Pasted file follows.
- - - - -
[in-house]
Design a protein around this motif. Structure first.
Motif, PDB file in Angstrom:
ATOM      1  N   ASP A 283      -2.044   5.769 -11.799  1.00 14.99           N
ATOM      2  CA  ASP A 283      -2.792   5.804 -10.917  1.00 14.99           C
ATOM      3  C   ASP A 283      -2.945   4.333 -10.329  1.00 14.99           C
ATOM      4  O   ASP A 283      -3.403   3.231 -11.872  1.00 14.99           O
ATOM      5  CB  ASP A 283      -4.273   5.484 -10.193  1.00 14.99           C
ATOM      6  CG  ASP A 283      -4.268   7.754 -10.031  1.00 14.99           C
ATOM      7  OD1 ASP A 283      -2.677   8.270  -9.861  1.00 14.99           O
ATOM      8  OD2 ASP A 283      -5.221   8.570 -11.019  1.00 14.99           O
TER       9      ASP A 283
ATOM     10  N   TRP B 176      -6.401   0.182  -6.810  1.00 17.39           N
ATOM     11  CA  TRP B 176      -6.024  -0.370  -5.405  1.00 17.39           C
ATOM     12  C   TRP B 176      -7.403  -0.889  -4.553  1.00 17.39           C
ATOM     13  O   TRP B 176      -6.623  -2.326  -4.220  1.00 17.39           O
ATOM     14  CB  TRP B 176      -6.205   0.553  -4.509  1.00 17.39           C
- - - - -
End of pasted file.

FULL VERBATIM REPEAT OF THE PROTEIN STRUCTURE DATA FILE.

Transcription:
[in-house]
Design a protein around this motif. Structure first.
Motif, PDB file in Angstrom:
ATOM      1  N   ASP A 283      -2.044   5.769 -11.799  1.00 14.99           N
ATOM      2  CA  ASP A 283      -2.792   5.804 -10.917  1.00 14.99           C
ATOM      3  C   ASP A 283      -2.945   4.333 -10.329  1.00 14.99           C
ATOM      4  O   ASP A 283      -3.403   3.231 -11.872  1.00 14.99           O
ATOM      5  CB  ASP A 283      -4.273   5.484 -10.193  1.00 14.99           C
ATOM      6  CG  ASP A 283      -4.268   7.754 -10.031  1.00 14.99           C
ATOM      7  OD1 ASP A 283      -2.677   8.270  -9.861  1.00 14.99           O
ATOM      8  OD2 ASP A 283      -5.221   8.570 -11.019  1.00 14.99           O
TER       9      ASP A 283
ATOM     10  N   TRP B 176      -6.401   0.182  -6.810  1.00 17.39           N
ATOM     11  CA  TRP B 176      -6.024  -0.370  -5.405  1.00 17.39           C
ATOM     12  C   TRP B 176      -7.403  -0.889  -4.553  1.00 17.39           C
ATOM     13  O   TRP B 176      -6.623  -2.326  -4.220  1.00 17.39           O
ATOM     14  CB  TRP B 176      -6.205   0.553  -4.509  1.00 17.39           C